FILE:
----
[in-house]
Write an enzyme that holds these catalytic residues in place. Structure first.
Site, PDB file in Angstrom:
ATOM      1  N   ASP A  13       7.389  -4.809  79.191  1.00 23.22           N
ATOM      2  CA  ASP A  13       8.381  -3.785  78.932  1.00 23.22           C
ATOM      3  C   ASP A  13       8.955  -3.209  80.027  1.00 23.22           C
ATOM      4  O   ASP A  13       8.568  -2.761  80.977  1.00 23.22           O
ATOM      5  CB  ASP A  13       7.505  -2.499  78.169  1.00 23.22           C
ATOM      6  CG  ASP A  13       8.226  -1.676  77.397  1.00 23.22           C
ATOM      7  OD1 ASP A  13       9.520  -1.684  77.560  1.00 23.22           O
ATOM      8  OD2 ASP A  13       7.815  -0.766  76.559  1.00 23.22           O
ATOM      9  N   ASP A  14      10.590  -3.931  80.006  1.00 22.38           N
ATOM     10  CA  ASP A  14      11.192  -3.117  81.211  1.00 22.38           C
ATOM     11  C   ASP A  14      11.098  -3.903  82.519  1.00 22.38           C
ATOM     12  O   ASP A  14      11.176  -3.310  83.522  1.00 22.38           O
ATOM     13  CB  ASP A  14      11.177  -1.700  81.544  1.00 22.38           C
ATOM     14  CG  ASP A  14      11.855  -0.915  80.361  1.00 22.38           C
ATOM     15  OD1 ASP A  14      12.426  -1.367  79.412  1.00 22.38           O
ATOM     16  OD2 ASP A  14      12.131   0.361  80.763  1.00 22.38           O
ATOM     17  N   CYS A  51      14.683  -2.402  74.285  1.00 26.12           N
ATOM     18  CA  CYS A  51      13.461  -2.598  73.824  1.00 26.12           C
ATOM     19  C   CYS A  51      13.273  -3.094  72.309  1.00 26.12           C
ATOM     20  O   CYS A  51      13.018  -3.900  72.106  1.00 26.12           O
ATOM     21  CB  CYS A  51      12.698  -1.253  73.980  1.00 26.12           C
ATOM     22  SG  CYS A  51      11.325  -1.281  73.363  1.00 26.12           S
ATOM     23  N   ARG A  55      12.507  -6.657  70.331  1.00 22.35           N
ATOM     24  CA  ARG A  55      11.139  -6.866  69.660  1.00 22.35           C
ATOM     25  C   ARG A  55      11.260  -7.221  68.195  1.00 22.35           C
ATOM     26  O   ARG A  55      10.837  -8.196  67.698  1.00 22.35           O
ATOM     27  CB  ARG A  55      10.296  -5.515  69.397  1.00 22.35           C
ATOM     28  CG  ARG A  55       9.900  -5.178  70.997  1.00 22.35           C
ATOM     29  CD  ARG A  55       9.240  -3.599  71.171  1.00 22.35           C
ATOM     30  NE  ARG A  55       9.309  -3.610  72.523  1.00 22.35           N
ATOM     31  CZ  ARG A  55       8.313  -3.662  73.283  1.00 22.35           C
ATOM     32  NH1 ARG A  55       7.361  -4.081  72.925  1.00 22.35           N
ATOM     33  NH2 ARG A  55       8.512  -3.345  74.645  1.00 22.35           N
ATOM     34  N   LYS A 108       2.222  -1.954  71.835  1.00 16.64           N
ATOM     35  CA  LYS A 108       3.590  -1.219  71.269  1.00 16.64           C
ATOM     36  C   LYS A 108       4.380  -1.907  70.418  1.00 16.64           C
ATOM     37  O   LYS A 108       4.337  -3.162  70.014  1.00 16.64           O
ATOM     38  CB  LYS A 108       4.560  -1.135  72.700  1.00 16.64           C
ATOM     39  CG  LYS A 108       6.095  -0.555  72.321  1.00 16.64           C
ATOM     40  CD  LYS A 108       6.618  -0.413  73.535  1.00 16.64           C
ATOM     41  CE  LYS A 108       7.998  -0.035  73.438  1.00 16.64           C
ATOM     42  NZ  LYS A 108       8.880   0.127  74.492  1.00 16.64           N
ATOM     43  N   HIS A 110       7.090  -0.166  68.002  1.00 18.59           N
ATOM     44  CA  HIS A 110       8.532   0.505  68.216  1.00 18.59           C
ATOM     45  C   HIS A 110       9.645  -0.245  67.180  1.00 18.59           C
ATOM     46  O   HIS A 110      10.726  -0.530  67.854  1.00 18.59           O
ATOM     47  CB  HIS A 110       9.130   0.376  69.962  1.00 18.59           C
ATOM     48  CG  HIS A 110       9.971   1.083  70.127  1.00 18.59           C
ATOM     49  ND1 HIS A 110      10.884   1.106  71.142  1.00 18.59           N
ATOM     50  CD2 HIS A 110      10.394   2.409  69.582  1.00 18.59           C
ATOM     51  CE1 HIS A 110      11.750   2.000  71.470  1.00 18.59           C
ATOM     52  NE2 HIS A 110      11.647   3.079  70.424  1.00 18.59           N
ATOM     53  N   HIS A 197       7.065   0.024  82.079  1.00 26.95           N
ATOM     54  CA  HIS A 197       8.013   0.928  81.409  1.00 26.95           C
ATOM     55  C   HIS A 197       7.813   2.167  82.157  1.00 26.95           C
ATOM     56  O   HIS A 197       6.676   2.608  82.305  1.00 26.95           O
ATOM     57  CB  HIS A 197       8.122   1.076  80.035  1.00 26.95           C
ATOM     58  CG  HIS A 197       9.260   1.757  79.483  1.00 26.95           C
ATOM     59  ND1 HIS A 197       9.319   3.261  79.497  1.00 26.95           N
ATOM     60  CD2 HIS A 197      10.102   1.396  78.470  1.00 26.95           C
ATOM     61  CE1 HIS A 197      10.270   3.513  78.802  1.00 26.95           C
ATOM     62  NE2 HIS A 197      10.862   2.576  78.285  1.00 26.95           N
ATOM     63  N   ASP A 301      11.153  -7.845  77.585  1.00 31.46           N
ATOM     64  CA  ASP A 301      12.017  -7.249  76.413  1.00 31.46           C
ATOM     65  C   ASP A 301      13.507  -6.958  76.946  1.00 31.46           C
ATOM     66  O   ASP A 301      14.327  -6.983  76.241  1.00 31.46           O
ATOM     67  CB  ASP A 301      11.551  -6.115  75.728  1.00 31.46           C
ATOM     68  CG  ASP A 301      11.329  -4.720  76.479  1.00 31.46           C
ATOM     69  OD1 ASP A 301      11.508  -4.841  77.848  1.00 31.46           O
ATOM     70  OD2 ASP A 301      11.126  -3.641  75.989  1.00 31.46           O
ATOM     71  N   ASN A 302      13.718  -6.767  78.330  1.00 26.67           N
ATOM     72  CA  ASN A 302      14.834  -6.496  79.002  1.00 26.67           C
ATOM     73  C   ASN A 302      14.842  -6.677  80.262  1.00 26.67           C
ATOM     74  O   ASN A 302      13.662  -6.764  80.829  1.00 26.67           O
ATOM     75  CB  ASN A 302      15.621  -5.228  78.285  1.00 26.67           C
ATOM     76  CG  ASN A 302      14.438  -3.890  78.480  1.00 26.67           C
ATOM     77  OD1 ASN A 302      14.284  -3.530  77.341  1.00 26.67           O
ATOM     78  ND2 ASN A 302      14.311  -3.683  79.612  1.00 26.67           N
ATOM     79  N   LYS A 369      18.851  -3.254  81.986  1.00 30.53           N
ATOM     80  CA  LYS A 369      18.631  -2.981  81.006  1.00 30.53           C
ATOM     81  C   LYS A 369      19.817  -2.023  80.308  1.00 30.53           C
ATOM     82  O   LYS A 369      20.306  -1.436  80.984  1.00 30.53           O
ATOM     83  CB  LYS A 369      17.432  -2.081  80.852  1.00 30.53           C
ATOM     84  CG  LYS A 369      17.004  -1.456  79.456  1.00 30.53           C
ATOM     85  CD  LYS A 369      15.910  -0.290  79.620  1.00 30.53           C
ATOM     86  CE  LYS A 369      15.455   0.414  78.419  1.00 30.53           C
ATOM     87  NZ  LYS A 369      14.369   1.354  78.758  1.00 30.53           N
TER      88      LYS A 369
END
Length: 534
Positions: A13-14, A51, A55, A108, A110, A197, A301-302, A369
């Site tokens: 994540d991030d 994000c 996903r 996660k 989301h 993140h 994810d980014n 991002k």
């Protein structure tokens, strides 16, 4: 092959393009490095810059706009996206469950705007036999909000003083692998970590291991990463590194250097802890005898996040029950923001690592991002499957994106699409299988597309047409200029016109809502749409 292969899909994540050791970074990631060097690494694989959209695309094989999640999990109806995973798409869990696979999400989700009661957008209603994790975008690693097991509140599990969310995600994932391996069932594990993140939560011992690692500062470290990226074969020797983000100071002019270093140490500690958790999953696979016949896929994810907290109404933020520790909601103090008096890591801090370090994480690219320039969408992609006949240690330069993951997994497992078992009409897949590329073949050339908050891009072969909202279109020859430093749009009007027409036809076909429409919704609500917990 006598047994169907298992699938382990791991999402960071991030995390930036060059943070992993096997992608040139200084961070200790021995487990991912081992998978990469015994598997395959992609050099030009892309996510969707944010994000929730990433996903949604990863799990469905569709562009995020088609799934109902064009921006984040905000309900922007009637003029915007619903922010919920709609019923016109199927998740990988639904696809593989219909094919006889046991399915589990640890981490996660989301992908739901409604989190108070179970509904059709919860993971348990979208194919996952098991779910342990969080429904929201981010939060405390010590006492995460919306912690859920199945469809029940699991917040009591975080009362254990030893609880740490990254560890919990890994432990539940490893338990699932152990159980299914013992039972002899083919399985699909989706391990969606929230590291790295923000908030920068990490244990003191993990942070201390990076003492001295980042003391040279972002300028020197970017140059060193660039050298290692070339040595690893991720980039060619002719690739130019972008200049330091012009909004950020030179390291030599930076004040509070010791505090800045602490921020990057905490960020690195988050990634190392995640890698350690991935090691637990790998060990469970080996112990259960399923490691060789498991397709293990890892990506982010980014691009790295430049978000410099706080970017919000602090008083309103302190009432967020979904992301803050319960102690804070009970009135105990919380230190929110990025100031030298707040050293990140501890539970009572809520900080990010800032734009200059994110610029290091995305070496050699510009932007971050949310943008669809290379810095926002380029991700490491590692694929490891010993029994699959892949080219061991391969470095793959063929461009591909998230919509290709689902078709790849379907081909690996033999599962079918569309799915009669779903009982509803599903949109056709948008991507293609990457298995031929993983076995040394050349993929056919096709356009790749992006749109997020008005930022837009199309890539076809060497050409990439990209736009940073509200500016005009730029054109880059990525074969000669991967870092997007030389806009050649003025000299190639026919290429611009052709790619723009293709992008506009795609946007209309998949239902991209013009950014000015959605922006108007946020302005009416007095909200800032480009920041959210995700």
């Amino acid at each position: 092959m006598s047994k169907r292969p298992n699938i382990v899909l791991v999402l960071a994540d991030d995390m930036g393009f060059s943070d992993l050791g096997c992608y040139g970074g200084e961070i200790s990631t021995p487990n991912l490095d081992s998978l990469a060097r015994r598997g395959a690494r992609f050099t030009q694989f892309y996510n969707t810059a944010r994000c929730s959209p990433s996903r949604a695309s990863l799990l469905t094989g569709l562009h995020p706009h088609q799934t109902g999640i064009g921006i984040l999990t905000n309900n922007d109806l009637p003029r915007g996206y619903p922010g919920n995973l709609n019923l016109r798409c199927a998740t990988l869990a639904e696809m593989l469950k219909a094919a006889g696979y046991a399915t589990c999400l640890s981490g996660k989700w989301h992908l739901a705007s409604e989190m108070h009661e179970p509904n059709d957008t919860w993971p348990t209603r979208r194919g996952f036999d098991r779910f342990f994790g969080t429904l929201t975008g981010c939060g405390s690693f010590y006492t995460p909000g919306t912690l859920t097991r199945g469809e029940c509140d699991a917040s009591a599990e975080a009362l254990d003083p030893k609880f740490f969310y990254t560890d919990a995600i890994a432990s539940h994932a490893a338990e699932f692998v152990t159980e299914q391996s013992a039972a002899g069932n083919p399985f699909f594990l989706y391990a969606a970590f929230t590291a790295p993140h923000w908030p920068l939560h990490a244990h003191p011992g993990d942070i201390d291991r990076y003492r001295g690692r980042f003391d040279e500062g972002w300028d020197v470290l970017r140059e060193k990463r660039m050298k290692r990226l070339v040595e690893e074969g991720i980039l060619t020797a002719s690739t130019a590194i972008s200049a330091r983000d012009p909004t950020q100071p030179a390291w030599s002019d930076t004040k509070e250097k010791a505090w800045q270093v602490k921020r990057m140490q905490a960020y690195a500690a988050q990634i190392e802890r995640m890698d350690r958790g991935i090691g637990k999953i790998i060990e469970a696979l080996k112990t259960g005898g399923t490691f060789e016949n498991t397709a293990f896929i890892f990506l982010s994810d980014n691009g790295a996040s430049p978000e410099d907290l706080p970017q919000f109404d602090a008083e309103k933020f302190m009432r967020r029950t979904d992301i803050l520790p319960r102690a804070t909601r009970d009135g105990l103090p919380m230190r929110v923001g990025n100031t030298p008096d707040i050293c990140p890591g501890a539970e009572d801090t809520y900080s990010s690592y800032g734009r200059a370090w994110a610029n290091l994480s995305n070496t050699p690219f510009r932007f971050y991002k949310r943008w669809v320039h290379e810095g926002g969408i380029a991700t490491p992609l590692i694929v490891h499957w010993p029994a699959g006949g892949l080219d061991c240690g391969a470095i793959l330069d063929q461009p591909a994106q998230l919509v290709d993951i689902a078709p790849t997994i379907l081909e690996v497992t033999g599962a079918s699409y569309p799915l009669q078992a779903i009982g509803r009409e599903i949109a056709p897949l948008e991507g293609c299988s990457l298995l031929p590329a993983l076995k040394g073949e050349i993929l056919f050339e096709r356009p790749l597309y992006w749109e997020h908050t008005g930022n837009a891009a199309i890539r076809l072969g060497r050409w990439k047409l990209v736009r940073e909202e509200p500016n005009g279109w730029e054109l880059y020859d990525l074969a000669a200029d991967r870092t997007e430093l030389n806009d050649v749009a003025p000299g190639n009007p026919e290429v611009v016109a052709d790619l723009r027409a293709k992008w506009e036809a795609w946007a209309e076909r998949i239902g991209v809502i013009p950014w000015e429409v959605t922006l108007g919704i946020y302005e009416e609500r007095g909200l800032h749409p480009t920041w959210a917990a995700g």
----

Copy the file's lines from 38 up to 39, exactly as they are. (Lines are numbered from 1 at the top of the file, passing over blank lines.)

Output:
ATOM     35  CA  LYS A 108       3.590  -1.219  71.269  1.00 16.64           C
ATOM     36  C   LYS A 108       4.380  -1.907  70.418  1.00 16.64           C